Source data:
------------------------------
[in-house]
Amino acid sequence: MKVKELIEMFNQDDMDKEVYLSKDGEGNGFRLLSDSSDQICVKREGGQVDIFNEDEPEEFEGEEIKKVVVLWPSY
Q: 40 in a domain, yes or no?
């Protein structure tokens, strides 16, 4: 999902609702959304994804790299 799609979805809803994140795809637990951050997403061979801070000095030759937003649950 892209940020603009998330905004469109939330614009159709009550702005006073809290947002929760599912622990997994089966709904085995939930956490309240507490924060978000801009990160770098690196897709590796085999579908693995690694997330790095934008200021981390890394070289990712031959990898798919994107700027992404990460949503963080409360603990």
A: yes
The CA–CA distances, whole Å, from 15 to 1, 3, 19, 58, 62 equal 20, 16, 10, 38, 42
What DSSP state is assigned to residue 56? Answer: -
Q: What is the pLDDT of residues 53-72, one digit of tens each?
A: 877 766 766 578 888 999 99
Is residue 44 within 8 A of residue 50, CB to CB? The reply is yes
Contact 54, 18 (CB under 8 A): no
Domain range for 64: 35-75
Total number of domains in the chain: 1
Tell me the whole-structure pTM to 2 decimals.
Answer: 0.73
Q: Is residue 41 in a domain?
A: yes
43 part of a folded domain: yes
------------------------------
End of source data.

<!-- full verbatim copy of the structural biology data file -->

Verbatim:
[in-house]
Amino acid sequence: MKVKELIEMFNQDDMDKEVYLSKDGEGNGFRLLSDSSDQICVKREGGQVDIFNEDEPEEFEGEEIKKVVVLWPSY
Q: 40 in a domain, yes or no?
């Protein structure tokens, strides 16, 4: 999902609702959304994804790299 799609979805809803994140795809637990951050997403061979801070000095030759937003649950 892209940020603009998330905004469109939330614009159709009550702005006073809290947002929760599912622990997994089966709904085995939930956490309240507490924060978000801009990160770098690196897709590796085999579908693995690694997330790095934008200021981390890394070289990712031959990898798919994107700027992404990460949503963080409360603990």
A: yes
The CA–CA distances, whole Å, from 15 to 1, 3, 19, 58, 62 equal 20, 16, 10, 38, 42
What DSSP state is assigned to residue 56? Answer: -
Q: What is the pLDDT of residues 53-72, one digit of tens each?
A: 877 766 766 578 888 999 99
Is residue 44 within 8 A of residue 50, CB to CB? The reply is yes
Contact 54, 18 (CB under 8 A): no
Domain range for 64: 35-75
Total number of domains in the chain: 1
Tell me the whole-structure pTM to 2 decimals.
Answer: 0.73
Q: Is residue 41 in a domain?
A: yes
43 part of a folded domain: yes